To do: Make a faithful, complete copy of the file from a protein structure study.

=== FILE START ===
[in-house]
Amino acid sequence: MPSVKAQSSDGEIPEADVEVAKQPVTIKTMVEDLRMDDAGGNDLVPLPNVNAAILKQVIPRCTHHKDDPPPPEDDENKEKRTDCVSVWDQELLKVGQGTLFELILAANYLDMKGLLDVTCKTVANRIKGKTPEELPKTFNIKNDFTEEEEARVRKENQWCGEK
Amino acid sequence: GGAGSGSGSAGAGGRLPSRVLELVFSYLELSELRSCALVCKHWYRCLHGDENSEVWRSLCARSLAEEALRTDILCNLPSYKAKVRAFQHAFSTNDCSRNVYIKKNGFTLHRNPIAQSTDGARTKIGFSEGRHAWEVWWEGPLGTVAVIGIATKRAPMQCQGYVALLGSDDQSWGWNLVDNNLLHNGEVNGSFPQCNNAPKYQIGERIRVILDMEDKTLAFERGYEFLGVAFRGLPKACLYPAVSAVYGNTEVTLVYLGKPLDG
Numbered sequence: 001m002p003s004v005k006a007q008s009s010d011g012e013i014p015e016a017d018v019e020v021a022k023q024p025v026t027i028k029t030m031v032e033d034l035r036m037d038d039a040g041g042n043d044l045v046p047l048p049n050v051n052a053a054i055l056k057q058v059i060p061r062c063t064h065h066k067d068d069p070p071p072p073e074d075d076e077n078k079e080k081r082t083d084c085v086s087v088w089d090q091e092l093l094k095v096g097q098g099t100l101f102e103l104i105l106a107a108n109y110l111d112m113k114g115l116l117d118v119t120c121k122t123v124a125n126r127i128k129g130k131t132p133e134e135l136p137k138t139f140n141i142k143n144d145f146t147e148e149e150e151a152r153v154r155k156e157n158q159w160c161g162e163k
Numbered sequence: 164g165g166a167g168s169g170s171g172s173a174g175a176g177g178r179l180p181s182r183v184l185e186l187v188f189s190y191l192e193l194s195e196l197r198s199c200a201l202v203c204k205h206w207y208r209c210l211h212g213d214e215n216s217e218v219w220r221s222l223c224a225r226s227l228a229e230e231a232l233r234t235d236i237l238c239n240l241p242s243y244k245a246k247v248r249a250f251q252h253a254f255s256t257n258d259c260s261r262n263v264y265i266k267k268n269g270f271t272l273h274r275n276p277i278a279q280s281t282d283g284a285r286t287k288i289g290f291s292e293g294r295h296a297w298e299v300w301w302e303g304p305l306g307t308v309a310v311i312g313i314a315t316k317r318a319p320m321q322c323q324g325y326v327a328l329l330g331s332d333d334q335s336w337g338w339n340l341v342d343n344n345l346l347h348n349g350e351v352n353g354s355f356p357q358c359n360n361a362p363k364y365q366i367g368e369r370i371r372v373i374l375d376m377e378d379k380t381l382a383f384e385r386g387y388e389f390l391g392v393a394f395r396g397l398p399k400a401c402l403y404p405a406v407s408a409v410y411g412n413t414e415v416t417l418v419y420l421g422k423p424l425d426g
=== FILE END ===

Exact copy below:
[in-house]
Amino acid sequence: MPSVKAQSSDGEIPEADVEVAKQPVTIKTMVEDLRMDDAGGNDLVPLPNVNAAILKQVIPRCTHHKDDPPPPEDDENKEKRTDCVSVWDQELLKVGQGTLFELILAANYLDMKGLLDVTCKTVANRIKGKTPEELPKTFNIKNDFTEEEEARVRKENQWCGEK
Amino acid sequence: GGAGSGSGSAGAGGRLPSRVLELVFSYLELSELRSCALVCKHWYRCLHGDENSEVWRSLCARSLAEEALRTDILCNLPSYKAKVRAFQHAFSTNDCSRNVYIKKNGFTLHRNPIAQSTDGARTKIGFSEGRHAWEVWWEGPLGTVAVIGIATKRAPMQCQGYVALLGSDDQSWGWNLVDNNLLHNGEVNGSFPQCNNAPKYQIGERIRVILDMEDKTLAFERGYEFLGVAFRGLPKACLYPAVSAVYGNTEVTLVYLGKPLDG
Numbered sequence: 001m002p003s004v005k006a007q008s009s010d011g012e013i014p015e016a017d018v019e020v021a022k023q024p025v026t027i028k029t030m031v032e033d034l035r036m037d038d039a040g041g042n043d044l045v046p047l048p049n050v051n052a053a054i055l056k057q058v059i060p061r062c063t064h065h066k067d068d069p070p071p072p073e074d075d076e077n078k079e080k081r082t083d084c085v086s087v088w089d090q091e092l093l094k095v096g097q098g099t100l101f102e103l104i105l106a107a108n109y110l111d112m113k114g115l116l117d118v119t120c121k122t123v124a125n126r127i128k129g130k131t132p133e134e135l136p137k138t139f140n141i142k143n144d145f146t147e148e149e150e151a152r153v154r155k156e157n158q159w160c161g162e163k
Numbered sequence: 164g165g166a167g168s169g170s171g172s173a174g175a176g177g178r179l180p181s182r183v184l185e186l187v188f189s190y191l192e193l194s195e196l197r198s199c200a201l202v203c204k205h206w207y208r209c210l211h212g213d214e215n216s217e218v219w220r221s222l223c224a225r226s227l228a229e230e231a232l233r234t235d236i237l238c239n240l241p242s243y244k245a246k247v248r249a250f251q252h253a254f255s256t257n258d259c260s261r262n263v264y265i266k267k268n269g270f271t272l273h274r275n276p277i278a279q280s281t282d283g284a285r286t287k288i289g290f291s292e293g294r295h296a297w298e299v300w301w302e303g304p305l306g307t308v309a310v311i312g313i314a315t316k317r318a319p320m321q322c323q324g325y326v327a328l329l330g331s332d333d334q335s336w337g338w339n340l341v342d343n344n345l346l347h348n349g350e351v352n353g354s355f356p357q358c359n360n361a362p363k364y365q366i367g368e369r370i371r372v373i374l375d376m377e378d379k380t381l382a383f384e385r386g387y388e389f390l391g392v393a394f395r396g397l398p399k400a401c402l403y404p405a406v407s408a409v410y411g412n413t414e415v416t417l418v419y420l421g422k423p424l425d426g